The Novice Teen Driver Education and Training Administrative Standards (NTDETAS) represent the best efforts of professionals from a wide spectrum of interests to provide guidance that will enhance both the uniformity and professionalism of driver education across the nation. The standards serve to guide all novice teen driver education and training programs in the United States striving to provide consistent, high-quality driver education and training.
These standards were created to serve as an anchor for state policies for driver education and training with the following understandings:
- The goal of driver education and training is to transfer knowledge, develop skills, and enhance the disposition of the teen, so he/she can perform as a safe and competent driver, thereby contributing to the reduction of crashes, fatalities, and injuries.
- Driver education and training should be an integral part of the GDL system.
- Driver development should be a lifelong learning process.
- Driver education and training should be a phased education process.
- Driver education and training standards should help an organization be successful in administering and/or providing quality and uniform driver education and training, consistent with the latest advances in methodology, subject matter, and technology.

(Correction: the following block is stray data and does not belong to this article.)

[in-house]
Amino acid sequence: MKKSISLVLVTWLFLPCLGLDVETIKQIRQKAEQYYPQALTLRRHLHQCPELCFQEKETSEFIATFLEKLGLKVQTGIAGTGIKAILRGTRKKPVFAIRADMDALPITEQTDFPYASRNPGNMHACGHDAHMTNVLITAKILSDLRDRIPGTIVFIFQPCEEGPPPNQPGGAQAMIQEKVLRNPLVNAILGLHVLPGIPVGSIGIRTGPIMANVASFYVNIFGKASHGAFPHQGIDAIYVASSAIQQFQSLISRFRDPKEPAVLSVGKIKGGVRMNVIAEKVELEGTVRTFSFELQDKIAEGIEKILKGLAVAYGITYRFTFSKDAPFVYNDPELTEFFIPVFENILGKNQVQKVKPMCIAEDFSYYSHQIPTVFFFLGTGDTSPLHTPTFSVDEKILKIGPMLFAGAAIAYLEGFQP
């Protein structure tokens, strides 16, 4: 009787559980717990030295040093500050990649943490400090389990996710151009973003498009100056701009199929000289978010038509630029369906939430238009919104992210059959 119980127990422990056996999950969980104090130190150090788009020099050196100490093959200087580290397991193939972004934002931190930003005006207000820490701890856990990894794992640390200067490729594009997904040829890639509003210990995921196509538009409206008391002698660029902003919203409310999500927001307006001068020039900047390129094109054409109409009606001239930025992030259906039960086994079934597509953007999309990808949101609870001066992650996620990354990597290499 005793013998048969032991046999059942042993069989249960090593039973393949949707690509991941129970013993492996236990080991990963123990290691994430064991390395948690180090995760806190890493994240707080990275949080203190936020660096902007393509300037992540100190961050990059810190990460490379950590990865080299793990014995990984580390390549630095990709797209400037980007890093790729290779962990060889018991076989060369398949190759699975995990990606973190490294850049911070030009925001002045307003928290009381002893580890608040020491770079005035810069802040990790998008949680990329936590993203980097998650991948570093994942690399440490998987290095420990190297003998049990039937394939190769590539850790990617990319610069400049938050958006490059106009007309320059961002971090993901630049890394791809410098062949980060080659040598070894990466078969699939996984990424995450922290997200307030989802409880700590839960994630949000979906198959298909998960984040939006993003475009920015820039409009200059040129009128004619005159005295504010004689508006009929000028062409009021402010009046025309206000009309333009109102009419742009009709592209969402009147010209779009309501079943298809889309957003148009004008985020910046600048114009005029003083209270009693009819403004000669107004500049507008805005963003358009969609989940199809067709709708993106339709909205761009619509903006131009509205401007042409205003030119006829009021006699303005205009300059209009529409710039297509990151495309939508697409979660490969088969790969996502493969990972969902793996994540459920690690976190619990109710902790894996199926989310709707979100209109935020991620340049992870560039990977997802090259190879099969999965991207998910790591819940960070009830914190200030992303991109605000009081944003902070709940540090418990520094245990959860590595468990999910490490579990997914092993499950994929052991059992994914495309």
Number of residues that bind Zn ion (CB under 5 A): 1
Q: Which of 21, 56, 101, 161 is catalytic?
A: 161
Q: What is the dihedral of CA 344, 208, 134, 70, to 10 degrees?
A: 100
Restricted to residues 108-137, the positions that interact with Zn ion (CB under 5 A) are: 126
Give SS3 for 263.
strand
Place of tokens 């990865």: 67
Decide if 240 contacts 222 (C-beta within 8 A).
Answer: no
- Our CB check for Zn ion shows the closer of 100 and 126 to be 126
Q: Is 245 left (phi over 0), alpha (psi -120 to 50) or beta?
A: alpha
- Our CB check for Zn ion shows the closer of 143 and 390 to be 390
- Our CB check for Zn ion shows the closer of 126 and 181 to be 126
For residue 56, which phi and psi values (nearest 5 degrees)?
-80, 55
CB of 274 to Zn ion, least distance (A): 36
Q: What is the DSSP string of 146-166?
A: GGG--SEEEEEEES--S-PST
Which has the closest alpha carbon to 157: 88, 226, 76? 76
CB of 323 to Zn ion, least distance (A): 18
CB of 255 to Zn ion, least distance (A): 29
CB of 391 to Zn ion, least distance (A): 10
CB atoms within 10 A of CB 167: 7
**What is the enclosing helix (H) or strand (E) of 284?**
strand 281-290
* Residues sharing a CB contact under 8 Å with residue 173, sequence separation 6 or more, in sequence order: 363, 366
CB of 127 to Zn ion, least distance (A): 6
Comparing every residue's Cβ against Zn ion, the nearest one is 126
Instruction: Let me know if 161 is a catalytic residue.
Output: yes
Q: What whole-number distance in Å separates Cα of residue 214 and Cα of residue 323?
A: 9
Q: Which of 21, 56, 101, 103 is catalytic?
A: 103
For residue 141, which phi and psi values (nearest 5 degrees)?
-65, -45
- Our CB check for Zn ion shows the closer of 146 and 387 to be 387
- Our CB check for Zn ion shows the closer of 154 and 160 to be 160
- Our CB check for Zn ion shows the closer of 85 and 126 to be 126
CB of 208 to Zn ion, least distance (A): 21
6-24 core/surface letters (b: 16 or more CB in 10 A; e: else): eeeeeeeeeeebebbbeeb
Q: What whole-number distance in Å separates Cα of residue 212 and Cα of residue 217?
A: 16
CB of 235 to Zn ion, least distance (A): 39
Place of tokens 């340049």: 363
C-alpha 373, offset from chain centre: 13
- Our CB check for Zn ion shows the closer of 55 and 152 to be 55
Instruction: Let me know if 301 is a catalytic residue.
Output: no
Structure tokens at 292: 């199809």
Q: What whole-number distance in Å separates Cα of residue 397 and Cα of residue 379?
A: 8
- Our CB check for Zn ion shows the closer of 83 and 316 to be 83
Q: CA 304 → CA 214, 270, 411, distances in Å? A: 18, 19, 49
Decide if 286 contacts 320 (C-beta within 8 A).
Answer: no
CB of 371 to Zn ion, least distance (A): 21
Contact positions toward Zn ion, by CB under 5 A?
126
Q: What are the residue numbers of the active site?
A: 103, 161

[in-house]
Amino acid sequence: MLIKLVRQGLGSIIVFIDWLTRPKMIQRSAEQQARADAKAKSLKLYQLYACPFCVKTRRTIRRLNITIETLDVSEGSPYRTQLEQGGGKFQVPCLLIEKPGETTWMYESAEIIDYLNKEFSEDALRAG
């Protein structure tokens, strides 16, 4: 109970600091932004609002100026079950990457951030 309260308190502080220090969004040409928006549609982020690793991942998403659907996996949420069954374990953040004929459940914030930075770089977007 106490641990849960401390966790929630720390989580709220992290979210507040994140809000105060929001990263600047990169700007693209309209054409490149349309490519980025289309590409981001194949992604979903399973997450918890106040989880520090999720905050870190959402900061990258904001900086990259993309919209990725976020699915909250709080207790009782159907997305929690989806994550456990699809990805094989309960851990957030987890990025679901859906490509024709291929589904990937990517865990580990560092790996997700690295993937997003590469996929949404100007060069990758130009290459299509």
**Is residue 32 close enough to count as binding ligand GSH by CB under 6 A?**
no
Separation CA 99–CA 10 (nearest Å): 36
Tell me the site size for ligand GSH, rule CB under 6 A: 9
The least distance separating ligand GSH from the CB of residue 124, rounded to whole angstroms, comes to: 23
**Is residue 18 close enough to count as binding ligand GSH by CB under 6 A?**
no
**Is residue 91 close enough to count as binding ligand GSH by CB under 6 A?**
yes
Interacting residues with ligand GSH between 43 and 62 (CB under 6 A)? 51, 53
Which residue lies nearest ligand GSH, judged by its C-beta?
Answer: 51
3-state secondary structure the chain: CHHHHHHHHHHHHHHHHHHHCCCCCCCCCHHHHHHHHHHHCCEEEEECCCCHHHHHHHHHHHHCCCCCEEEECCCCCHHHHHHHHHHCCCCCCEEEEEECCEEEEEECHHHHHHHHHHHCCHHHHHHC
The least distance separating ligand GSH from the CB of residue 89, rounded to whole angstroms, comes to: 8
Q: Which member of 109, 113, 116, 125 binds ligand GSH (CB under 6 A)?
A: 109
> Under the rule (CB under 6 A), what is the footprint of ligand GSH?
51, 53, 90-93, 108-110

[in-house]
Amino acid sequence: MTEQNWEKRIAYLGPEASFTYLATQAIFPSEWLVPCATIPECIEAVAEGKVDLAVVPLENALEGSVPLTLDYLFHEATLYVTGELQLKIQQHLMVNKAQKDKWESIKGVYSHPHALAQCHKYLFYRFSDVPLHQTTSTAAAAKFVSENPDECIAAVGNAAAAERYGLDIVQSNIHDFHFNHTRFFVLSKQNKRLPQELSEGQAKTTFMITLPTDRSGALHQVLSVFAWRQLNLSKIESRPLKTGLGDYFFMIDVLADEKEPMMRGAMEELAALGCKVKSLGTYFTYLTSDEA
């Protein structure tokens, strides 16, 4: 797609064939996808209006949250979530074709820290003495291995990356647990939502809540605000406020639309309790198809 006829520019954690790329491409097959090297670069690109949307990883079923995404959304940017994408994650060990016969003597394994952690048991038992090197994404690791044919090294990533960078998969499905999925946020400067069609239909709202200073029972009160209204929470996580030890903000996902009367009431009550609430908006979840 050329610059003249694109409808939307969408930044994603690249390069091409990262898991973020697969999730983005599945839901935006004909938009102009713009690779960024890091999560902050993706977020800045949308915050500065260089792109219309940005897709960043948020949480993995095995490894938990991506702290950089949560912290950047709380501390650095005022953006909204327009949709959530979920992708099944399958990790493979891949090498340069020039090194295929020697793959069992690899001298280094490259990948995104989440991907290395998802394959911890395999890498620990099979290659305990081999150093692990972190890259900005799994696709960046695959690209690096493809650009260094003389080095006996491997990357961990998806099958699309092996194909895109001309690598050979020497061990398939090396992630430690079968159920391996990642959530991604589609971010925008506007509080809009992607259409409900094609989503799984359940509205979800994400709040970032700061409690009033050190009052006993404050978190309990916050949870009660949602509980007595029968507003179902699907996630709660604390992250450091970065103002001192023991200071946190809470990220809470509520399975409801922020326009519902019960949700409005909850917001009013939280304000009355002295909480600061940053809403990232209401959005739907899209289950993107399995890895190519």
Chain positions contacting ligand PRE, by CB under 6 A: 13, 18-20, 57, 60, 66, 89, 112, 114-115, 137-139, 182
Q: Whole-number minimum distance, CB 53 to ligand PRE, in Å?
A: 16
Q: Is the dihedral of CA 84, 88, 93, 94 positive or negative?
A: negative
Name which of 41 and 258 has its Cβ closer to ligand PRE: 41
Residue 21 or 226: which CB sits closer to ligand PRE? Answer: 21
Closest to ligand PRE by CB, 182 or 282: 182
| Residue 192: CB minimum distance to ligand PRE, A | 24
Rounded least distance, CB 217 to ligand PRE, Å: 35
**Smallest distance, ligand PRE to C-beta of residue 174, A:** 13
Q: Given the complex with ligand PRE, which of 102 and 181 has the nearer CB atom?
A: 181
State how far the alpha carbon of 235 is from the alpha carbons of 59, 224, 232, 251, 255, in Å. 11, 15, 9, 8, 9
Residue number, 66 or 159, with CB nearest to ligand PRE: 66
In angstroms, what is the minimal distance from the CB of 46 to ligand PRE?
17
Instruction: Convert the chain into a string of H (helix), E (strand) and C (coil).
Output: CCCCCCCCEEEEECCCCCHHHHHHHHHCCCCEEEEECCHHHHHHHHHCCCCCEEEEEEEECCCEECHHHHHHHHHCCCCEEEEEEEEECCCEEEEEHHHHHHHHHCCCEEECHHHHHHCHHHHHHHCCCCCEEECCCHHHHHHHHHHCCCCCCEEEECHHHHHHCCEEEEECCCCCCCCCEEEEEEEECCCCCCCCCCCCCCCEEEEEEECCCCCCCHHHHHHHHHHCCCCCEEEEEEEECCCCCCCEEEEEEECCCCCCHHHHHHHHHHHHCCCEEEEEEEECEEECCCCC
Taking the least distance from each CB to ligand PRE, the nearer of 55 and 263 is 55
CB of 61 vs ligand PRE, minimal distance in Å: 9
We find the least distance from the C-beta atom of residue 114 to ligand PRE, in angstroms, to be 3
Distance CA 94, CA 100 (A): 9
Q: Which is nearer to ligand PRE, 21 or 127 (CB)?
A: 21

- Any standard promulgated for driver education and training must be supported by a communication strategy for all stakeholders.
These administrative standards complete a set of three (3) guidance documents that will assist states in planning and implementing effective driver education systems. Together with the model curriculum developed by the National Highway Traffic Safety Administration (NHTSA) and the American Driver and Traffic Safety Education Association (ADTSEA) in 2012 along with the National Model Curriculum Standards introduced by the two organizations in 2006, these new administrative standards provide a comprehensive framework for state driver education systems. The framework follows a professional educational approach, allowing flexibility for local conditions and efficiency for periodic technical updates while promoting consistency and quality assurance across programs and among states.